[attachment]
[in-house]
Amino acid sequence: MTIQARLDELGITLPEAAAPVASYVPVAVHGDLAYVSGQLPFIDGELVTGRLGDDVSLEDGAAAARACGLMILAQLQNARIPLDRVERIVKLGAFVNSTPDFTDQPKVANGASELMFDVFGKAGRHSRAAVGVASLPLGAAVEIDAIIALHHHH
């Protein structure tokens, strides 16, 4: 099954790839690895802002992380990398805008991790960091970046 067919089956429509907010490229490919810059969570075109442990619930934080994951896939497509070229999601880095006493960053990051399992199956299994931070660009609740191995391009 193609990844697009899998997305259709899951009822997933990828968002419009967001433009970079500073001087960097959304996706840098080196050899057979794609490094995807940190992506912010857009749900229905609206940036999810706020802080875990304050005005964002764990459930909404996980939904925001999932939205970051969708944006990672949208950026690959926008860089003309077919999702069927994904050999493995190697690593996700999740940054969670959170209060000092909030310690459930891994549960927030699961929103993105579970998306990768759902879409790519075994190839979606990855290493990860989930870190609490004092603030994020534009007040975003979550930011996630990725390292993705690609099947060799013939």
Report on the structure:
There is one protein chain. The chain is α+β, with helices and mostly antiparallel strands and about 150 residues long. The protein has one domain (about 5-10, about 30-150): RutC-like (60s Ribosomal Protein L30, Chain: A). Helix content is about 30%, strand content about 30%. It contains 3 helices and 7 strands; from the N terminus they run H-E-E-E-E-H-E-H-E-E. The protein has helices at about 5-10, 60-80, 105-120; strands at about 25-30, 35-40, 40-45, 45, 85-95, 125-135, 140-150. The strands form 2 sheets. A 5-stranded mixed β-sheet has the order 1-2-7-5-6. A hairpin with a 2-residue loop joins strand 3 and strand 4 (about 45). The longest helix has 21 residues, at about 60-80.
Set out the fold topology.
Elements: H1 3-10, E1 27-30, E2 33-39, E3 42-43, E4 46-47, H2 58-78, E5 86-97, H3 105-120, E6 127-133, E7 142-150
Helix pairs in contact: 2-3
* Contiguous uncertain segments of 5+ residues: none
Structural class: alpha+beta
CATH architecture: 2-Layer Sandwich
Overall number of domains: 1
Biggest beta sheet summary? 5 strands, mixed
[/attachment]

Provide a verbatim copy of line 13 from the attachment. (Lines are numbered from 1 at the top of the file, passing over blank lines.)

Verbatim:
Biggest beta sheet summary? 5 strands, mixed